Even with a lot of time on one’s hands – and recently we all have more of it than we thought possible – it’s not easy to find interesting shows or movies on the various streaming services: partly because the so-called algorithms that should learn from the users’ choices are far from perfect, and partly because the blurbs for any given offering are rarely worded in an appealing way. For these reasons I might have missed this show, based on a series of graphic novels created by Gabriel Rodriguez and Joe Hill, if not for the mention of a fellow blogger (thanks Lashaan!!), which prompted me to learn more and to take a look at this intriguing and entertaining series.
In short, after the murder of Rendell Locke his widow Nina and their three children – Tyler, Kinsey and Bode – move back to Rendell’s old hometown of Matheson and relocate in the family home, an old mansion called Keyhouse. If younger Bode is entranced by the big house and the possibility to explore it, the teenaged Tyler and Kinsey are far less sanguine about being uprooted from everything familiar: on top of the trauma for their father’s death they are starting over in a new school and have to deal with the dynamics of a small town and the gossipy hints of a past involving Rendell and his friends – events that no one seems inclined to openly talk about. Still, these problems go on the back burner once Bode starts finding some strangely-shaped keys all over the house, keys that exhibit weird properties and set in motion unsettling and even scary events that will require all of their wits to be handled.
Where at first this show looked like your classic teen drama, something that almost drove me to stop watching there and then, it soon became clear that there was much more to it and that’s when I became invested in the story and was able to sit down and enjoy the ride. The first element that drew my attention was the house itself and I have to compliment the show’s creators for bestowing on the Keyhouse set a fascinating blend of haunted house and treasure trove and giving it its own personality, almost turning it into a character. I was fascinated by the mystery of the appearing keys that seemed to become visible only when it was the time to manifest themselves and I was strongly reminded of those online “hidden object” games where you have to find a certain number of items, some of them plainly visible while others are disguised in the background and require a sort of… viewing gymnastics to be found.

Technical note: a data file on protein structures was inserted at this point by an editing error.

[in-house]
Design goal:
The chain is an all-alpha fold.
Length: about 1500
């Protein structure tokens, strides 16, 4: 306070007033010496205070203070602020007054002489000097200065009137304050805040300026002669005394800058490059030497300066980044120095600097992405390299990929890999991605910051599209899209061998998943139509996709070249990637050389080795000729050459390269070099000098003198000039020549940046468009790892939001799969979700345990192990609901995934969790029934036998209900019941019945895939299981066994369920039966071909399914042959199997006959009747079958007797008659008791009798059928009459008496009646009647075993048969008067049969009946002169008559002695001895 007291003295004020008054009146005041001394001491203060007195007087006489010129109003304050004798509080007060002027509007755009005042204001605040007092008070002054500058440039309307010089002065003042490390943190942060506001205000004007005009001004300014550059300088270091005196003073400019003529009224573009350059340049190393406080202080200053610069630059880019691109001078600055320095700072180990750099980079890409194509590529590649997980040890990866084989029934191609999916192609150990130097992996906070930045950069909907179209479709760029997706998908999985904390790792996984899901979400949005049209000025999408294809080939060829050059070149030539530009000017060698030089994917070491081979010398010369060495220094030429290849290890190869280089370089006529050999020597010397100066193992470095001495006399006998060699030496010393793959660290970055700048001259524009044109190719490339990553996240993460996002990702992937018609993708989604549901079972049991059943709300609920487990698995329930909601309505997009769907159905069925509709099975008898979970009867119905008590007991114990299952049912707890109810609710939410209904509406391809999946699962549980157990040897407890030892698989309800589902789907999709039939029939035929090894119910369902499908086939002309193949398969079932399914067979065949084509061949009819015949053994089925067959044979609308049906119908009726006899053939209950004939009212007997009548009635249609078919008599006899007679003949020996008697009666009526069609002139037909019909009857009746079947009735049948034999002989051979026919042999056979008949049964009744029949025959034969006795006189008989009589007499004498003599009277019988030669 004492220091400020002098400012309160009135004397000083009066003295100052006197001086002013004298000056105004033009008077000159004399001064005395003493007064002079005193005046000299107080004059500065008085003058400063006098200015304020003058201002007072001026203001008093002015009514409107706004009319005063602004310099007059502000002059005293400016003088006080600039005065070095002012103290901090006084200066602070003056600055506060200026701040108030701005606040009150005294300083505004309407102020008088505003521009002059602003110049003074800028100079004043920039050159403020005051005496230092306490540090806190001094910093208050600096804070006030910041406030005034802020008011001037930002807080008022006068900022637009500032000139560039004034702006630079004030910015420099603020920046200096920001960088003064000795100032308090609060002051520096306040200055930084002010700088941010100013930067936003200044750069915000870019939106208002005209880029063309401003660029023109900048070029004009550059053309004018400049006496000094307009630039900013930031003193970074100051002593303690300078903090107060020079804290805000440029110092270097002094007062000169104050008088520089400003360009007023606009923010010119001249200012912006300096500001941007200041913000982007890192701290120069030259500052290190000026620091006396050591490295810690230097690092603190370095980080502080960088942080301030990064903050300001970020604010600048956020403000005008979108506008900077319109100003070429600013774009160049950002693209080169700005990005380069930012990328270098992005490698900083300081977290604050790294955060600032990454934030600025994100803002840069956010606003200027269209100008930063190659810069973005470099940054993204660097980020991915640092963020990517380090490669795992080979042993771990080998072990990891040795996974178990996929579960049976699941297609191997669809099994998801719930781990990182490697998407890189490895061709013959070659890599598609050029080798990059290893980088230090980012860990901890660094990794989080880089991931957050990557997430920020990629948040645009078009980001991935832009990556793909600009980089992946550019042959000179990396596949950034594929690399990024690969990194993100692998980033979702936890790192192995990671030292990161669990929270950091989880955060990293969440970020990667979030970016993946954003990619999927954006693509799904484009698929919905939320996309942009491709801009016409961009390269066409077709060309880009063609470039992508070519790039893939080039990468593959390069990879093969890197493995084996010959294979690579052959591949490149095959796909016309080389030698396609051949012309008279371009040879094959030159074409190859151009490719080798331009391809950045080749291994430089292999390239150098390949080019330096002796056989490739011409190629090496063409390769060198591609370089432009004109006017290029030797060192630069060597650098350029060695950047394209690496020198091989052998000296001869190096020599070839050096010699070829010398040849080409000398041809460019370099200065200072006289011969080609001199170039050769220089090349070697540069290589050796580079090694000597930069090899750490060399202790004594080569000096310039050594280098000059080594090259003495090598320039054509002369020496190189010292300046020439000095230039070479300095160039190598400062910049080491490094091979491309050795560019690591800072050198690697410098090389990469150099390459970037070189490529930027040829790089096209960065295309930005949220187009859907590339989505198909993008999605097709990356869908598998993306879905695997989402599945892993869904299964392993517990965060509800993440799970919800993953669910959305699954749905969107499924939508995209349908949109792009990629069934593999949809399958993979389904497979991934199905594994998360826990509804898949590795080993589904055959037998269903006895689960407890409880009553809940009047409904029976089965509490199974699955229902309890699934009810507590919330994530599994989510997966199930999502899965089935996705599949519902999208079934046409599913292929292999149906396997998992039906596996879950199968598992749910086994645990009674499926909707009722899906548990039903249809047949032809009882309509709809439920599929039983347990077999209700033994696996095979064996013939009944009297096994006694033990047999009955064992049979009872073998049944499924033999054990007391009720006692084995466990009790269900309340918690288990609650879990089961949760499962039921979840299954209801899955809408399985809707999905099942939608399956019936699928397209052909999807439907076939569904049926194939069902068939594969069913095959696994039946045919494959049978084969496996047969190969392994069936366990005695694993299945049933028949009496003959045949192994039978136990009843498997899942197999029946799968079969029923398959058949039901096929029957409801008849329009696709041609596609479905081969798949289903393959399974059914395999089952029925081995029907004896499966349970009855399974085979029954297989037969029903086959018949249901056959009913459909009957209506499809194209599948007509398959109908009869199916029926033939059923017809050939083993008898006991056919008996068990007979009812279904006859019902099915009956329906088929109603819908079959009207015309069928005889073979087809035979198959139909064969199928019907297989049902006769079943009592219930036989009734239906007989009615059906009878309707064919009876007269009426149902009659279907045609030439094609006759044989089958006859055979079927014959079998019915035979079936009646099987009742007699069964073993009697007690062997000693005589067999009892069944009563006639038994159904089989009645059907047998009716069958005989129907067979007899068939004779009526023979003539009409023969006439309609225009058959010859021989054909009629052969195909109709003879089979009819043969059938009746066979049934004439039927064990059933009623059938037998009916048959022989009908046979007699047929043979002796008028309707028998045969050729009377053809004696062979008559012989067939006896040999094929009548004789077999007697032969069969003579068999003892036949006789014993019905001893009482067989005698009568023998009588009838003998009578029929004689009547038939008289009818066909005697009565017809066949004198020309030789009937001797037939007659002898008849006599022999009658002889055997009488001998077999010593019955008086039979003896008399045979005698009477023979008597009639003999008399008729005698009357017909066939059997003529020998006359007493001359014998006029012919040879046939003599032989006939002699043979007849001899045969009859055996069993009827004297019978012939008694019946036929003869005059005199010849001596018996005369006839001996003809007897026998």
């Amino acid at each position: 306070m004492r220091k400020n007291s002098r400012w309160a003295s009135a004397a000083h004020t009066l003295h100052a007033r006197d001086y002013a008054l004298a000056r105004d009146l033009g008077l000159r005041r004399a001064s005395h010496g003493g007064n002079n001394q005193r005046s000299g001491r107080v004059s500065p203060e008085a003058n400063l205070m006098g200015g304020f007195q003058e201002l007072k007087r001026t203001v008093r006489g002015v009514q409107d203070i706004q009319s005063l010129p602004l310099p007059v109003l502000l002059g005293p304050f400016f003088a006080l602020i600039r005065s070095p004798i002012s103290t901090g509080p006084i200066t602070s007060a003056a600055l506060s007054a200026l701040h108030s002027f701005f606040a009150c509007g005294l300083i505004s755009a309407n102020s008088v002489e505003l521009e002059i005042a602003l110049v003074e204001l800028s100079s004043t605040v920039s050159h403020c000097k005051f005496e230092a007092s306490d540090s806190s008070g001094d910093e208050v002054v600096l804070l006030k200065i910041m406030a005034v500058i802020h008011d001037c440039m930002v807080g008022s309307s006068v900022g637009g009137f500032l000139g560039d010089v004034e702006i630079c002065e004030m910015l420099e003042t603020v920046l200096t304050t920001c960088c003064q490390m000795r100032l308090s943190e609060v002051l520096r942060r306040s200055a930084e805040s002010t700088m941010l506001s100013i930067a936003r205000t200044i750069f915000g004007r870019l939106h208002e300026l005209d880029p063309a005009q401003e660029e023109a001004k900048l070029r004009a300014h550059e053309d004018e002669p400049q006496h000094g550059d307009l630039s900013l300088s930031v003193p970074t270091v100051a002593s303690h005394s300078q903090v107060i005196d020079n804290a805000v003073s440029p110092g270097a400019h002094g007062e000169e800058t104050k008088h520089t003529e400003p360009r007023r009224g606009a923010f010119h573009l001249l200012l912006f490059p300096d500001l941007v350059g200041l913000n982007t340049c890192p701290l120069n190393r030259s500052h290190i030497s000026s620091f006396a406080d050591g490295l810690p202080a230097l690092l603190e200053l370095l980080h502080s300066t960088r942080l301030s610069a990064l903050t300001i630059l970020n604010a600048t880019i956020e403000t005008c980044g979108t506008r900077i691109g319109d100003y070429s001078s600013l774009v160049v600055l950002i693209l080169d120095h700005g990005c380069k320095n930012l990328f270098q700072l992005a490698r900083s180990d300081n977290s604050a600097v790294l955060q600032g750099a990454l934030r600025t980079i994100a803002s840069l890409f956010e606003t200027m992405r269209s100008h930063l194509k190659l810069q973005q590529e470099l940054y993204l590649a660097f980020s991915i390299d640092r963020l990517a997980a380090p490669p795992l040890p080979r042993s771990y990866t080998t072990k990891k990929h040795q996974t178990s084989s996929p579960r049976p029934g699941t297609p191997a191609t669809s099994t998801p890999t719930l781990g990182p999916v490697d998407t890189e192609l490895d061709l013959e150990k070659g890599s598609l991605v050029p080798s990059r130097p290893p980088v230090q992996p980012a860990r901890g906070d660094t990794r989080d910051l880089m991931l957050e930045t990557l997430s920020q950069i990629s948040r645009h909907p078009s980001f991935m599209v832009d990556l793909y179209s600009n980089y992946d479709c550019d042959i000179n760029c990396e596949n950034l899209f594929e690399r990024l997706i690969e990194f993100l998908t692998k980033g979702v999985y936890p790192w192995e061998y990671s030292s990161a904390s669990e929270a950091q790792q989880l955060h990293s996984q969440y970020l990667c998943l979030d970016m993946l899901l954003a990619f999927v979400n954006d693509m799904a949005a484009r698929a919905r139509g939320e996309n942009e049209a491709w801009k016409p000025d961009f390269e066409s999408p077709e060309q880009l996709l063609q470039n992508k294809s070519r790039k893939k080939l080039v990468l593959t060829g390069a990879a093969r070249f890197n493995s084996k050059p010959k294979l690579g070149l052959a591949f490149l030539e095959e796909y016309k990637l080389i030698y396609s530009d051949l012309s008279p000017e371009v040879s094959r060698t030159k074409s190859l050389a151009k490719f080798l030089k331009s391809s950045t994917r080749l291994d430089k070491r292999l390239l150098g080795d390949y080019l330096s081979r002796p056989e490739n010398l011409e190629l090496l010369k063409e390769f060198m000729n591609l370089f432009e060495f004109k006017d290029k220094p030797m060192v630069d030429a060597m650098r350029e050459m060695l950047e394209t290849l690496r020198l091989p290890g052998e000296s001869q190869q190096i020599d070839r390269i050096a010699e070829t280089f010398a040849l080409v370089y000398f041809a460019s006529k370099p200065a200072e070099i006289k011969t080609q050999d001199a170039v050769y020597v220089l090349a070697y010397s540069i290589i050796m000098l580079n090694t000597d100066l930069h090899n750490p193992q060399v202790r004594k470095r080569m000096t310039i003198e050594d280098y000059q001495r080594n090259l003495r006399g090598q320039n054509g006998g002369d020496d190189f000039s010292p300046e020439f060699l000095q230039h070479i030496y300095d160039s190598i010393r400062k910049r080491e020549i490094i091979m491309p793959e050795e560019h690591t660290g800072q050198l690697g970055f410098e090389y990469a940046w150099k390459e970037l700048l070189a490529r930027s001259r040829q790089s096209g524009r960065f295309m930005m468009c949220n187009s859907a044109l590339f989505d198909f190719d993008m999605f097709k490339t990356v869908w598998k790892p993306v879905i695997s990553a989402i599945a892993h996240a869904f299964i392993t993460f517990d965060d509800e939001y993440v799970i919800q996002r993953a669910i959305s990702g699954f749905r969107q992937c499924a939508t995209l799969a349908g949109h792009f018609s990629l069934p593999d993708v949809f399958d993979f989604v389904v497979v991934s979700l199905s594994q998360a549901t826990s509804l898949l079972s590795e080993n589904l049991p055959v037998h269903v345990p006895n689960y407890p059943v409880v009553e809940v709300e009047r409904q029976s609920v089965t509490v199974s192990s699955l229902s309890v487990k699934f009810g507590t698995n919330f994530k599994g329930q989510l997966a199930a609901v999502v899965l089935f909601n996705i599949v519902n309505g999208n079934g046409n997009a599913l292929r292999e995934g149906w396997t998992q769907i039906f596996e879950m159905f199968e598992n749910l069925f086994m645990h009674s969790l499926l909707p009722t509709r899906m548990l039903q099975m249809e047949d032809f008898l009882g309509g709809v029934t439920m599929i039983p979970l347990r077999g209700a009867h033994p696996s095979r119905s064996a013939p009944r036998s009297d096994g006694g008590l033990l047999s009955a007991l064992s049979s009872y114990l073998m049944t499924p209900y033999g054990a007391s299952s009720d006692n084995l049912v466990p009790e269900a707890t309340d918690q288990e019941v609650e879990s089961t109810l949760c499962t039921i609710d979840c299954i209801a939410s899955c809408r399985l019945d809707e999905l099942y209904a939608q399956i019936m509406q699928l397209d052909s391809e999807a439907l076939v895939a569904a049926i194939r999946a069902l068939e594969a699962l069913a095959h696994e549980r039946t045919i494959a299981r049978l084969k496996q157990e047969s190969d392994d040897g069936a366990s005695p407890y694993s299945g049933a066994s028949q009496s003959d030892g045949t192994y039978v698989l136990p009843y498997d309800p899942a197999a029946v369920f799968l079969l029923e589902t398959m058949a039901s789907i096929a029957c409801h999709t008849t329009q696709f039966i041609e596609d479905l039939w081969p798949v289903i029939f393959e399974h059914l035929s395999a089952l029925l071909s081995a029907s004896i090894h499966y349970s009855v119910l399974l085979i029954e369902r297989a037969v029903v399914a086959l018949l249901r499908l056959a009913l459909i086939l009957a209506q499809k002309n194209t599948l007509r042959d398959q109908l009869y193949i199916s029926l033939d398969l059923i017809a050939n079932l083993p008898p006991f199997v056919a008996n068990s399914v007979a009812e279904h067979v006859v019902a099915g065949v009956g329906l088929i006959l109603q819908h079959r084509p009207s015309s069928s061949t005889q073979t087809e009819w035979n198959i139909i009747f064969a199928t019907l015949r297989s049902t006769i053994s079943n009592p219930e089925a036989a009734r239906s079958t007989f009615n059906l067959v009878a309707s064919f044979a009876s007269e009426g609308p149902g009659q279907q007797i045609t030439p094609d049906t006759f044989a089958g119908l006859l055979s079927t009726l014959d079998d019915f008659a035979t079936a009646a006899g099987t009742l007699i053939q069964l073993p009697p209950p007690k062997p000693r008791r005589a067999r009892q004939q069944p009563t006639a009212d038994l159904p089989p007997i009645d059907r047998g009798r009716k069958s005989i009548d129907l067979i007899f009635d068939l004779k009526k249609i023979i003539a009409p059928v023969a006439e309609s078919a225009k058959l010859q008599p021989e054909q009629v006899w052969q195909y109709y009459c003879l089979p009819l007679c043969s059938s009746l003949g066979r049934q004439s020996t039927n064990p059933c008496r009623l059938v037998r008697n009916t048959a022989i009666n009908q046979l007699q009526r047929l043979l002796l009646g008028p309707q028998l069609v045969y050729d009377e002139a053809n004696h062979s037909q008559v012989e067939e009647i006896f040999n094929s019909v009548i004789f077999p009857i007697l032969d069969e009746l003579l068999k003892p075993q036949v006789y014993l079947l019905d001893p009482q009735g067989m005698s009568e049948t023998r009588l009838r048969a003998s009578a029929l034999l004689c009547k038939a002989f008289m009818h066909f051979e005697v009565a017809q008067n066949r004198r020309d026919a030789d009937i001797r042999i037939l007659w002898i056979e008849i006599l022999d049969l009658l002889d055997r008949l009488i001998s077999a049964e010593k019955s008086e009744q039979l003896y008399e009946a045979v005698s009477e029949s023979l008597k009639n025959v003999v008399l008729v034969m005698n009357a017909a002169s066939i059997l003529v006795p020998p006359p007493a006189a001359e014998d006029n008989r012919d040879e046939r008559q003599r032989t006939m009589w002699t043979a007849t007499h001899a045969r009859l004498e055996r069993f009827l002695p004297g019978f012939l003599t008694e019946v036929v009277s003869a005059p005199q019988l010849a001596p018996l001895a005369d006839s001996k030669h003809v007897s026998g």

The keys that the Locke siblings find are hidden in a similar way, and they reveal themselves slowly, masked by other items of furniture or decoration, which gives the story its game-like quality, where each new level brings the players closer to the goal. These keys also offer the first elements of dread in the story, because where some of them are used in the conventional way, others are inserted in the body of the person wielding them, and if there is no evidence of pain in such act, it does nonetheless elicit a shiver of apprehension in the watchers: you don’t need blood and gore to experience body horror, after all… Visuals – eerie, disturbing and sometimes downright ghastly visuals – are one of the best elements of this series, establishing its overall tone that goes from the purely magical to the dreamlike, and to the totally chilling as well.
The characters form an interesting mix, starting from the two older kids, Tyler and Kelsey, who have to deal with many difficult emotions on top of the natural transition toward adulthood: they are often at odds with each other but at the same time it’s easy to see the bonds of love and care underlying the surface animosity; I like the way they have to be more adult and responsible than their age warrants because their mother seems absent at times (and along the way we see the reason why), and they feel the need to protect her from further worries. Nina is indeed a character that annoyed me at times: if I could sympathize with her pain for the tragic loss of her husband, I could not condone her obliviousness to what was going on literally under her nose, or the fact that she often left her children to fend for themselves while she was out searching for clues on her late husbands’ past. Bode is portrayed as a smart child, and I liked the mix of innocence and wisdom he projects, but at times he’s too… perfect, for want of a better word – not “childlike” enough, and that seems contrived rather than natural, but I want to reserve my judgement for now. And then there is Dodge, the supernatural villain of the story, trying with every means to gather all the keys in the house for some as-yet-unrevealed purpose: the actress portraying her possesses a great interpretative range and moves from friendly to deadly with terrifying speed, while appearing to have the time of her life as she’s doing it.
The story alternates between the present and the flashbacks to the past, slowly uncovering the events that changed the life of Rendell Locke – and ultimately must have driven him to leave his home – and that brought on his early demise: in the end I thought I saw some sort of parallel between what happened to him and his circle of friends and what the three siblings, and their newfound friends, are facing in the present, which lays the foundations for what will probably be the continuation of the story. Still, the mystery and the uncanny situations that involve the Locke family, while important, don’t overshadow the themes of coming-of-age and dealing with loss that are at the roots of the story, together with the strengthening under pressure of the family bonds that acts as its core subject.
This first season of Locke & Key might not be perfect, but it’s an intriguing beginning which will surely drive me to see how the story progresses in the next seasons.